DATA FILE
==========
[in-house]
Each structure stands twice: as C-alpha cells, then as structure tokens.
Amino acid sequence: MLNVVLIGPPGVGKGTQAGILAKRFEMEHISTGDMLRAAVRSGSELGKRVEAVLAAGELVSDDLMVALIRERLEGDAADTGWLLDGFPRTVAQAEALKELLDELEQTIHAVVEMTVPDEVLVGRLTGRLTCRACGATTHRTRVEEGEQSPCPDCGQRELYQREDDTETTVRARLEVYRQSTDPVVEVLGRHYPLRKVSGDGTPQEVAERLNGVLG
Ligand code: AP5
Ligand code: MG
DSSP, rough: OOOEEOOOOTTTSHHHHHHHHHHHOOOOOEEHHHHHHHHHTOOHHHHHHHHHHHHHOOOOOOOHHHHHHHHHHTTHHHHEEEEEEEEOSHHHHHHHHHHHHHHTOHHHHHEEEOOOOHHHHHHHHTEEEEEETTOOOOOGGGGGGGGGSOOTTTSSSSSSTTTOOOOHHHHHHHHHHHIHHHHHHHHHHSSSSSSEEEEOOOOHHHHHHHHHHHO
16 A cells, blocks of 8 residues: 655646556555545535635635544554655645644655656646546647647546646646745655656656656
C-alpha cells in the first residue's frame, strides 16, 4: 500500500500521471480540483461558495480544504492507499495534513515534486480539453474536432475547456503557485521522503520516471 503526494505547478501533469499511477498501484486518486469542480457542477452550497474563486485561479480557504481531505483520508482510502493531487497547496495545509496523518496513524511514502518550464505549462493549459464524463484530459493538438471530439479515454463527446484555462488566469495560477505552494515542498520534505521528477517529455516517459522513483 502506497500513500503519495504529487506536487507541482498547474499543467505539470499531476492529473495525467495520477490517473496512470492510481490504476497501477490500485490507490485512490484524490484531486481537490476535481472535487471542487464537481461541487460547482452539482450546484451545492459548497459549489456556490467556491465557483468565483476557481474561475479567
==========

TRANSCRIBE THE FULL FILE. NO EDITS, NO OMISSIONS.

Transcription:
[in-house]
Each structure stands twice: as C-alpha cells, then as structure tokens.
Amino acid sequence: MLNVVLIGPPGVGKGTQAGILAKRFEMEHISTGDMLRAAVRSGSELGKRVEAVLAAGELVSDDLMVALIRERLEGDAADTGWLLDGFPRTVAQAEALKELLDELEQTIHAVVEMTVPDEVLVGRLTGRLTCRACGATTHRTRVEEGEQSPCPDCGQRELYQREDDTETTVRARLEVYRQSTDPVVEVLGRHYPLRKVSGDGTPQEVAERLNGVLG
Ligand code: AP5
Ligand code: MG
DSSP, rough: OOOEEOOOOTTTSHHHHHHHHHHHOOOOOEEHHHHHHHHHTOOHHHHHHHHHHHHHOOOOOOOHHHHHHHHHHTTHHHHEEEEEEEEOSHHHHHHHHHHHHHHTOHHHHHEEEOOOOHHHHHHHHTEEEEEETTOOOOOGGGGGGGGGSOOTTTSSSSSSTTTOOOOHHHHHHHHHHHIHHHHHHHHHHSSSSSSEEEEOOOOHHHHHHHHHHHO
16 A cells, blocks of 8 residues: 655646556555545535635635544554655645644655656646546647647546646646745655656656656
C-alpha cells in the first residue's frame, strides 16, 4: 500500500500521471480540483461558495480544504492507499495534513515534486480539453474536432475547456503557485521522503520516471 503526494505547478501533469499511477498501484486518486469542480457542477452550497474563486485561479480557504481531505483520508482510502493531487497547496495545509496523518496513524511514502518550464505549462493549459464524463484530459493538438471530439479515454463527446484555462488566469495560477505552494515542498520534505521528477517529455516517459522513483 502506497500513500503519495504529487506536487507541482498547474499543467505539470499531476492529473495525467495520477490517473496512470492510481490504476497501477490500485490507490485512490484524490484531486481537490476535481472535487471542487464537481461541487460547482452539482450546484451545492459548497459549489456556490467556491465557483468565483476557481474561475479567